In contrast to CD10+CD24− progenitors, CD10+CD24+ cells appeared exclusively restricted to the B cell lineage. Indeed, in bulk cultures, CD10+CD24+ cells fully differentiated into CD19+ cells but were unable to give rise to any other lineages (Fig. 2 A), even when plated at higher cell numbers (not depicted). IgH DJ and VDJ rearrangements were found much more frequently in the CD10+CD24+ population as compared with CD10+CD24− cells (Table S3).
Collectively, these results indicate that CD24 expression in Lin−CD34+CD10+ progenitors defines a major cell population that is completely restricted and already committed to B cell lineage, whereas the full B, NK, and T cell potential previously described for CD10+ cells (15) can be ascribed to the CD10+CD24− subset. Thus, the subdivision of CD10+ progenitors into CD24− and CD24+ subsets probably accounts for the controversial results described in the Introduction, because the vast majority of CD10+ progenitors express CD24 and are thus B cell committed. It is noteworthy that, in mice, CD24 expression also coincides with the presence of a B cell potential both in the BM and in thymocyte populations (8, 29). The current model of postnatal hematopoiesis based on segregation between lymphoid and myeloid pathways in mice may be similar in humans (2, 30).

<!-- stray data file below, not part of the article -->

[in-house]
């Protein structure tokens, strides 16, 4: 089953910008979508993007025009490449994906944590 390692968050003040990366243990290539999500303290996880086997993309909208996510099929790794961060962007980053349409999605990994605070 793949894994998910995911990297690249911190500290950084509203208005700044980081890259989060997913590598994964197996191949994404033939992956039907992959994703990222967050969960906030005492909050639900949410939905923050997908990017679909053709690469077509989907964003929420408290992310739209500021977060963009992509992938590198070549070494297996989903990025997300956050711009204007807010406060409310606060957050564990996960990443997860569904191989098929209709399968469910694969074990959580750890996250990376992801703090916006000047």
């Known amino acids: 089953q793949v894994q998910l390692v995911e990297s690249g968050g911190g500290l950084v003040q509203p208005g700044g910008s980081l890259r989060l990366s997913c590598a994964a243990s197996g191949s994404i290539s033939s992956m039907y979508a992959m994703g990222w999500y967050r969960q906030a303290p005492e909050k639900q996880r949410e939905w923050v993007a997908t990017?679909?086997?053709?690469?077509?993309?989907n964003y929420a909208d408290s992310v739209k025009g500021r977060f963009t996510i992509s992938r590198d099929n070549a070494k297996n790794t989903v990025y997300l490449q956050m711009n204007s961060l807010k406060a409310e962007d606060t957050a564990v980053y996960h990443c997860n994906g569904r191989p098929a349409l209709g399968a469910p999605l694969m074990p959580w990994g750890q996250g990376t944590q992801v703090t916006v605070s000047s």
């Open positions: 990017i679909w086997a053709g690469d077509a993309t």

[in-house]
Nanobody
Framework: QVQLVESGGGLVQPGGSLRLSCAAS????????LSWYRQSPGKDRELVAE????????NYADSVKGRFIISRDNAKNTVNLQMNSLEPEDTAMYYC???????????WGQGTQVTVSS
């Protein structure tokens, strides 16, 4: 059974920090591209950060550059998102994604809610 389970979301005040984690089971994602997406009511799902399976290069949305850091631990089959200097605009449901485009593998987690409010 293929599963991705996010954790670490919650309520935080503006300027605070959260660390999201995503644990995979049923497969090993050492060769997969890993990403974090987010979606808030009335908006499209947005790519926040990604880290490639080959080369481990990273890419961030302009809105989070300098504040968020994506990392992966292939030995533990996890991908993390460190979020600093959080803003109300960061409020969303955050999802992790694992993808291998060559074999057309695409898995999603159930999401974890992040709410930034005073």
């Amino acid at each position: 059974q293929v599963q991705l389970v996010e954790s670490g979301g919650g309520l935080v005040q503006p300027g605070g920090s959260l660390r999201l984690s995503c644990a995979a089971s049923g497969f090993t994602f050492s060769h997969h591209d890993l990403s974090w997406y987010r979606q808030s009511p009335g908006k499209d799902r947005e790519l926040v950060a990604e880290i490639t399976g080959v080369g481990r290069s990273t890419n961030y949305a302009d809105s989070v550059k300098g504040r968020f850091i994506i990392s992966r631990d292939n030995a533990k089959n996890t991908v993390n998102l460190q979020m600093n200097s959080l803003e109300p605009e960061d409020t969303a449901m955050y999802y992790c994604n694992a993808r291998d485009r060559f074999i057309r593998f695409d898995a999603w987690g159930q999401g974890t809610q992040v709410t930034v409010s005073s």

Postnatal CD10+CD24− progenitors are present in the blood and the thymus
Lin−CD34+CD10+ cells were found in the blood of both pediatric and adult donors at an average frequency of 1 in 1,540 and 1 in 5,700 mononuclear cells, respectively (Fig. 3 A). CD10+ also constituted a sizeable proportion of Lin−CD34+ cells recovered from the thymus (Fig. 3 C). Neither adult blood- nor thymus-derived Lin−CD34+CD10+ cells expressed CD24 (unpublished data), suggesting that B cell–committed CD10+CD24+ cells do not circulate, in contrast to their CD10+CD24− counterparts. To characterize more precisely the CD10+CD24− progenitor in the thymus, we performed colabeling with CD7, one of the earliest markers associated with T cell differentiation (27). It is interesting to note that portion of the thymic Lin−CD34+CD10+ cells expressed the CD7 marker and that the acquisition of CD7 correlated with the progressive loss of CD10 expression (Fig. 3 C). CD10+CD24−CD7− cells (hereafter referred to as CD10+CD7− cells) thus constitute a weak portion of total CD34+ thymic cells, explaining why they were not identified in previous studies (23, 24).
Blood-sorted CD10+ cells exhibited a significant lymphoid potential as compared with their CD10− counterparts. Indeed, no erythro-myeloid colonies were detected after semisolid cultures (not depicted), whereas they gave rise to B, NK, and T lymphocytes when cultured in appropriate conditions (Fig. 3 B).